Intended for healthcare professionals


Chronic fatigue syndrome or myalgic encephalomyelitis

BMJ 2007; 335 doi: (Published 30 August 2007) Cite this as: BMJ 2007;335:411
  1. Peter White, professor of psychological medicine1,
  2. Maurice Murphy, consultant physician1,
  3. Jill Moss, founding chair2,
  4. George Armstrong, co-chair3,
  5. Sir Peter Spencer, chief executive officer3
  1. 1Barts and the London NHS Trust and Queen Mary School of Medicine and Dentistry, St Bartholomew's Hospital, London EC1A 7BE
  2. 2Association of Young People with ME, PO Box 5766, Milton Keynes, MK10 1AQ
  3. 3Action for ME, Bristol BS1 6BY
  1. p.d.white{at}

    NICE guidelines pave the way forward for patients and doctors

    The uncertainty inherent in making a diagnosis of chronic fatigue syndrome (CFS) is reflected by the variety of names (such as myalgic encephalomyelitis; ME) it has been given. The names reflect the hope that such labels can impose some certainty where little exists. Many doctors are reluctant to make a diagnosis of CFS, with half not even believing it exists.1 The consequences of this uncertainty and reluctance have been that patients hear mixed messages and often receive poor, if any, care.2 It is therefore a welcome relief that the National Institute for Health and Clinical Excellence (NICE) has just published clinical guidelines on the diagnosis and management of this disease.3 In this week's BMJ, Baker and Shaw summarise the guidelines.4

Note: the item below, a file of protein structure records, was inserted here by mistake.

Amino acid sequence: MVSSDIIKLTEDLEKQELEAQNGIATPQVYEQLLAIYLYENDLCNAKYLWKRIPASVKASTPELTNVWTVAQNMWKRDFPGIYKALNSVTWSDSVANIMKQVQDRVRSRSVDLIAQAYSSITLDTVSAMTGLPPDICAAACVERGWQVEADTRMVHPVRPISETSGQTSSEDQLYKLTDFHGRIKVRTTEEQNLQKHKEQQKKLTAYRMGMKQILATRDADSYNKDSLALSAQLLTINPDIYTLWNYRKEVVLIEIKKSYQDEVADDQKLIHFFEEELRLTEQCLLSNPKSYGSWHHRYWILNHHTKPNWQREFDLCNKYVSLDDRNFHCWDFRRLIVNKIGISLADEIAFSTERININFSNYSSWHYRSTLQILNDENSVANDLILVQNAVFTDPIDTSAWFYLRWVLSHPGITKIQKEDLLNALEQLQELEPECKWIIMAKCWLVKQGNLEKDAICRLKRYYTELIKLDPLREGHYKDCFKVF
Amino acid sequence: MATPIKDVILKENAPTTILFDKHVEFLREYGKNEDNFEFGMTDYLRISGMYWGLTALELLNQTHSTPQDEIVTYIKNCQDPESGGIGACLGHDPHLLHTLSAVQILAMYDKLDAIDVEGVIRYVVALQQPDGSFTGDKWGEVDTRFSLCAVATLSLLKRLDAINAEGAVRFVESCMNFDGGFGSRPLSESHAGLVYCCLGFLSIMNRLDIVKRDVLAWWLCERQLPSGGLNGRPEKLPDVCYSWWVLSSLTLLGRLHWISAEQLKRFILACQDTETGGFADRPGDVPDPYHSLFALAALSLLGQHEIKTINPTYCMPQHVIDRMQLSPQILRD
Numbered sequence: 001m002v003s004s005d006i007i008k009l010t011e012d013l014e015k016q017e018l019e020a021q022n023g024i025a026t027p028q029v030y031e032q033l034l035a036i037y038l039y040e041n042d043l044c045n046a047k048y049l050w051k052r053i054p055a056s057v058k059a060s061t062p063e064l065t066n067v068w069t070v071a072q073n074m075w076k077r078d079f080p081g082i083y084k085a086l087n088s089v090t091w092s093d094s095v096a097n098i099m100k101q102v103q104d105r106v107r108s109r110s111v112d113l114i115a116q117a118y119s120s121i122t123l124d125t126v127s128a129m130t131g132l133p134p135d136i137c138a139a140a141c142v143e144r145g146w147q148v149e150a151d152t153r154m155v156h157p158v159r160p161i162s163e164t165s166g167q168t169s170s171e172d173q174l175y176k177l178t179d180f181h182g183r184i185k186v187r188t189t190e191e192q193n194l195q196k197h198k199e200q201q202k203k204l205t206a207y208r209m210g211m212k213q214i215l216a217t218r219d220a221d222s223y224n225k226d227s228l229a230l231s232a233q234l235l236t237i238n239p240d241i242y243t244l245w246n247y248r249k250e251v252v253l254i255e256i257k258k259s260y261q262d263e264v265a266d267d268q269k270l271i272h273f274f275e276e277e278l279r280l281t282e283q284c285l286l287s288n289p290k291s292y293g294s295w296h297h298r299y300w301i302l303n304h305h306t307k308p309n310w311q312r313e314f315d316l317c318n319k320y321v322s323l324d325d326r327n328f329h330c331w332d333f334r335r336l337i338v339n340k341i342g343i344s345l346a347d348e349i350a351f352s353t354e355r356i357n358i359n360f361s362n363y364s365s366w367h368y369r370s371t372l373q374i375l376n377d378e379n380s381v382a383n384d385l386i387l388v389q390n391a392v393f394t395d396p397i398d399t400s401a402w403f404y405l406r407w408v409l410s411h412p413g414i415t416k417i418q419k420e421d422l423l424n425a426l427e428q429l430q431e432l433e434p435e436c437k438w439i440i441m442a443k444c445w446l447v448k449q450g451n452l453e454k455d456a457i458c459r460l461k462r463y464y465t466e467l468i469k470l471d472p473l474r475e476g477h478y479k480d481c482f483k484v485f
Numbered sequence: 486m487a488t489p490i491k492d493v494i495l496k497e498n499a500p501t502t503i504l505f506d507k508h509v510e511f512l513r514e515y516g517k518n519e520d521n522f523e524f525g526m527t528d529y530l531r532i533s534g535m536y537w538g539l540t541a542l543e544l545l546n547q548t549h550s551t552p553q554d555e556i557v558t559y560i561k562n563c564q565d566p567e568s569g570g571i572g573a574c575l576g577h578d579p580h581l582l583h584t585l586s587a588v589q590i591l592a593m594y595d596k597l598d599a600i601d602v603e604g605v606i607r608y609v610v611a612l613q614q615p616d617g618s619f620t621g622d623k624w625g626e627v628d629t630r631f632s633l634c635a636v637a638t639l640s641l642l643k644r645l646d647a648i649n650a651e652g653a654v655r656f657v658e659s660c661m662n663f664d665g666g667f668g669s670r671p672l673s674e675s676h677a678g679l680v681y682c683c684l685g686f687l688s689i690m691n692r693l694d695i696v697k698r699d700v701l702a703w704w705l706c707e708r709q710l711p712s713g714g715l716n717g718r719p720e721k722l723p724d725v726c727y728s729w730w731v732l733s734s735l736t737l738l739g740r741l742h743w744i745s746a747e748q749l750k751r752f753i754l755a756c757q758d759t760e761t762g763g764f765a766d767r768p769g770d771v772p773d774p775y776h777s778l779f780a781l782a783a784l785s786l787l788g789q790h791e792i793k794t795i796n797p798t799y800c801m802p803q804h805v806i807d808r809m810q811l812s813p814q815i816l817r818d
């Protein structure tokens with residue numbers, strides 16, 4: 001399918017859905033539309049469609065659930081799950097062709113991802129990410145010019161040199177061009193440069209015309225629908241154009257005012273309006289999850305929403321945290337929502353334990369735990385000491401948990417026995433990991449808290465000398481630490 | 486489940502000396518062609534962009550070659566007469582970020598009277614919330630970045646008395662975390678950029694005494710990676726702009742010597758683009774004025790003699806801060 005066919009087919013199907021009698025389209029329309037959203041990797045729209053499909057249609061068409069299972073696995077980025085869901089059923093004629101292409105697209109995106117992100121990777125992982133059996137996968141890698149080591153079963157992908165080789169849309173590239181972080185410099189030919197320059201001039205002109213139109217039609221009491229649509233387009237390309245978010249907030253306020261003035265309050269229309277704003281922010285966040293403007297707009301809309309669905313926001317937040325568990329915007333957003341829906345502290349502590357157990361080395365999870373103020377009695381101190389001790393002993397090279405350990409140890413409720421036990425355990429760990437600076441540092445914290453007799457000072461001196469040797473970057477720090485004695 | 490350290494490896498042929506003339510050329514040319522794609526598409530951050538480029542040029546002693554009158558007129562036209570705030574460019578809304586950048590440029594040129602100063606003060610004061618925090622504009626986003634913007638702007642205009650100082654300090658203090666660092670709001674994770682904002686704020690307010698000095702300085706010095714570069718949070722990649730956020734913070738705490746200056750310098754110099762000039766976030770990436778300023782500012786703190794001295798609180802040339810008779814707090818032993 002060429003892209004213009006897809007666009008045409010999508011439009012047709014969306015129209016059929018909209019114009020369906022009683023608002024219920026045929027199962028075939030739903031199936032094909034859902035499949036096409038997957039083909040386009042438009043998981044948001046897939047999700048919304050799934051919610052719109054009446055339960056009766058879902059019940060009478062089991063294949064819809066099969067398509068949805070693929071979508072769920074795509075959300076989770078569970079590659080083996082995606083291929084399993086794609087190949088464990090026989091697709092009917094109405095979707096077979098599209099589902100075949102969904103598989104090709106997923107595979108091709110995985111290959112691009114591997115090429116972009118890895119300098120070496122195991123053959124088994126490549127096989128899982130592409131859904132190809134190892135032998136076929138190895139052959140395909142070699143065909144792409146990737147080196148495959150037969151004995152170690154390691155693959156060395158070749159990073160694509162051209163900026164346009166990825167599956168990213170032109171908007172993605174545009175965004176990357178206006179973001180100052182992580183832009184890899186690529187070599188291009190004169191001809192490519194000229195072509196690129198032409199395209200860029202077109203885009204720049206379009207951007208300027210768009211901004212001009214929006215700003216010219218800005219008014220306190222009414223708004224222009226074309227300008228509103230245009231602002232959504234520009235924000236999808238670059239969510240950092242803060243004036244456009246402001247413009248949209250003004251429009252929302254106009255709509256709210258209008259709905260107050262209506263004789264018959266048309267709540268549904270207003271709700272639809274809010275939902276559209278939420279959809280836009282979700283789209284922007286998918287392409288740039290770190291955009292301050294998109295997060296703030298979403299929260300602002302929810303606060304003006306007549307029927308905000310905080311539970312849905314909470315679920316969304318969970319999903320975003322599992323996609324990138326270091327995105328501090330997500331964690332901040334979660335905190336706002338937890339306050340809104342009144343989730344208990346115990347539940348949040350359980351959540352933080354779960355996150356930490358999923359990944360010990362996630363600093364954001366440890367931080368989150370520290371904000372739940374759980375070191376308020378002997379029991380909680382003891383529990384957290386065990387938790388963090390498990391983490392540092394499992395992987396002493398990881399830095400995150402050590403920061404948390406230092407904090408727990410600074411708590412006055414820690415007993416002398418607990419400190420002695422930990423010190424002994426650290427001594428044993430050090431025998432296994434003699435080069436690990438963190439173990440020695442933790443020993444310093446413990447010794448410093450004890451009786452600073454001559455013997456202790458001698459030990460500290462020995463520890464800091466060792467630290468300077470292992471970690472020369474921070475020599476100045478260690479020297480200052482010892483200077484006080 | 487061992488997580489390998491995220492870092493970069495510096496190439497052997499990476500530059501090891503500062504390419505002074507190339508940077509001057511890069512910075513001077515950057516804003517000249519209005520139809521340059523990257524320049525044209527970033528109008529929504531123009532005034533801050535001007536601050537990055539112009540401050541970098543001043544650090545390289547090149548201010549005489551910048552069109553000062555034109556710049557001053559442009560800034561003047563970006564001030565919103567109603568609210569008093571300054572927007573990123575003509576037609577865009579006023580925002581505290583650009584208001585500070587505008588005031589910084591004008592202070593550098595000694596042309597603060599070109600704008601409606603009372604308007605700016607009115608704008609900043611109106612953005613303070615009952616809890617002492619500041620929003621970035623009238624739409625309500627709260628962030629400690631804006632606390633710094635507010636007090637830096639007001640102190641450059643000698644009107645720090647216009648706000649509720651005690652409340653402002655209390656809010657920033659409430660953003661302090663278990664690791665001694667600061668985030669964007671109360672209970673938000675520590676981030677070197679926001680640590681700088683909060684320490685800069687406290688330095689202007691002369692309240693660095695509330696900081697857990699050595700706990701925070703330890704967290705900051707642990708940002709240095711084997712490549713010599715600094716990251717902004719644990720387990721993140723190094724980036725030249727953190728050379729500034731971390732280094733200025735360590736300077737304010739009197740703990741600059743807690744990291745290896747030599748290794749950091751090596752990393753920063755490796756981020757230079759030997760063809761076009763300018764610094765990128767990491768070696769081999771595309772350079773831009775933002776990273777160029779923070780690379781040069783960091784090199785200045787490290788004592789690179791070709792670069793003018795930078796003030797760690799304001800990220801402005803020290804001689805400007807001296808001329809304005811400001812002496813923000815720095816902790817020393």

How has the development of these guidelines come about? Eleven years ago, three UK royal colleges agreed that CFS/ME existed as an independent diagnosis and that treatments were possible.5 Unfortunately, this had little effect on the provision of services. …

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